Wolf Creek Inn set to reopen
WOLF CREEK — Shuttered to visitors since 2014, the historic Wolf Creek Inn is expected to reopen for overnight guests and daytime visitors May 1.
Details are still being worked out, but plans call for state parks employees and volunteers to run operations, with the inn's restaurant remaining closed. Attempts to find a private manager have been unsuccessful.
"We had difficulty finding a concessionaire that was a good fit for that park," said Nathan Seable, Oregon State Parks manager for the site. "We've decided we needed to do something to get that opened."
The expected opening — a formal announcement has yet to be made — is welcome news for this unincorporated rural community 25 miles north of Grants Pass, which benefited from the many visitors who pulled off of nearby Interstate 5 to take in a bit of yesteryear.
"I really missed having it open," town postmaster Debbie Roberts said. "From what I can tell, everybody misses having it open."
The inn, also known as the Wolf Creek Tavern, dates back more than 130 years, to the early 1880s, about the time of the coming of the railroad to Josephine County. It's been closed since the fall of 2014 for overhauls of heating, air conditioning and fire-suppression systems.
Former concessionaire Margaret Quist of Sunny Valley said she and her husband, Mark, stepped away after six years as the concessionaire when construction took too long.
She remembers weddings, celebrations and other events there, including quilt shows. Family members helped in the restaurant.
"We loved it," Quist said. "Wonderful memories. It was hard to walk away."
But it was hard to make a living at a venture so dependent on seasonal traffic. During the winter, Quist sometimes had but one room rented, and would serve only one meal in an entire day.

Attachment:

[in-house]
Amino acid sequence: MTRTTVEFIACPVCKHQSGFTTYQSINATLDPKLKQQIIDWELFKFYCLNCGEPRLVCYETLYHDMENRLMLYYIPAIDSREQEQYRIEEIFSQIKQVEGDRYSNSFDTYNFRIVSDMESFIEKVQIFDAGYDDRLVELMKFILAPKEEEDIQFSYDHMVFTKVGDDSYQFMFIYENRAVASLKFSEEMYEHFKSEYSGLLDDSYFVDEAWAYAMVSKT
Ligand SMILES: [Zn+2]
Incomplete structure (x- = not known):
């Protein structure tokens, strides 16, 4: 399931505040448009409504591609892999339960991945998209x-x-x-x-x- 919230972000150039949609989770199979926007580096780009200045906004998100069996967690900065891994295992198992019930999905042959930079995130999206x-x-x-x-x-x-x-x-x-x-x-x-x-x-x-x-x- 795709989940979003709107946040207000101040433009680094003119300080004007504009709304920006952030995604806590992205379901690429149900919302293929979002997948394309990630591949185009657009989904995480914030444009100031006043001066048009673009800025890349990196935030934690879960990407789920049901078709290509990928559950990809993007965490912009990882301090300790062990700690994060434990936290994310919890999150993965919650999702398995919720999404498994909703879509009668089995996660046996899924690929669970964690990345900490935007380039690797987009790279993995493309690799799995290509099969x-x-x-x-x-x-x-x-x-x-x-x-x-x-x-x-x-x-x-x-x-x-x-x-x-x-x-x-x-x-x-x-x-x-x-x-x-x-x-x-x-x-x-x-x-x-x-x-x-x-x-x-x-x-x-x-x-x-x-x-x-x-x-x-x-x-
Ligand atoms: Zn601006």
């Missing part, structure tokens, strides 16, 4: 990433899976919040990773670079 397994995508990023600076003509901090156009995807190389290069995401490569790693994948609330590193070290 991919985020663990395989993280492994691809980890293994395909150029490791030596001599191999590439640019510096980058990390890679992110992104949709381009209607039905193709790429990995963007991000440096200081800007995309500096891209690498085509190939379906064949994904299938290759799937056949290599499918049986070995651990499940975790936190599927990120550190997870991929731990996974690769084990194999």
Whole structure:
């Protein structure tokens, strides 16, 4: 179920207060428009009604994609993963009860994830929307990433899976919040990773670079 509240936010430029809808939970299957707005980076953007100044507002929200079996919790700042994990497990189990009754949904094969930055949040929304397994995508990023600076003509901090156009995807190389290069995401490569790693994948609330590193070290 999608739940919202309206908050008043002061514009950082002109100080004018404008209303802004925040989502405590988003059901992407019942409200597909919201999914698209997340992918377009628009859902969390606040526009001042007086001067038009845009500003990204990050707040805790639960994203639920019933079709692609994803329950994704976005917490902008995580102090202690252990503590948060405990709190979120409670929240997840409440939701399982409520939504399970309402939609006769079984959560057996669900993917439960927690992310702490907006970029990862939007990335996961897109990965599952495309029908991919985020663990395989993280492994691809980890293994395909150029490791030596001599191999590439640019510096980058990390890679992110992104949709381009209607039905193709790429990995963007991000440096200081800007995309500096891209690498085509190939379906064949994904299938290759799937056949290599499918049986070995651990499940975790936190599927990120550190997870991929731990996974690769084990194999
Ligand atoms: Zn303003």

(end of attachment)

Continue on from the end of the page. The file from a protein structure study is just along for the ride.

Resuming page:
"The restaurant never really paid for itself," she said. "Summers were always good, but usually the summer profit wasn't enough to get us through the rest of the year."
Quist said she would have been happy with it opening as a museum, if nothing else. She still maintains a social media site about the inn.
"I'll see cars there all the time, with people peeking in the window," she said. "It's hard on the community. That's such a tiny community, when something that draws people is gone, it's something that's felt by the community."
Seable expects the building to be open as a museum and for overnight room rentals, with a park ranger on duty weekdays and a volunteer park host on site for overnights. Reservations for room rentals might begin in mid-April. A formal announcement about the park's reopening is in the works.
Park Ranger Ed Johnson was at the inn Friday taking care of landscape maintenance and getting things ready. There's dusting to do and linens to refresh, along with contracts to sign for housekeeping and linen service. A park host will have to be found to live in an RV trailer out back.
Johnson, a Glendale resident who has worked at the site for seven years, said room prices are yet to be determined, and he wanted it made clear that the restaurant would not be open.
"I don't want folks to be disappointed," he said.
The inn, restored by the state in the 1970s, features two parlors, a small room where author Jack London and his wife stayed while he wrote, and a small room of historic photos and pieces.
Each of the nine guest rooms has a private bath. The inn's landscaped grounds stretch to nearby Wolf Creek, with picnic tables available for public use.
Johnson expects to have the inn open 9 a.m. to 4 p.m. Saturday, April 15, during the community's annual Easter parade and celebration.
"The community's pretty excited about the place opening again," he said.
— Reach reporter Shaun Hall at 541-474-3722 or firstname.lastname@example.org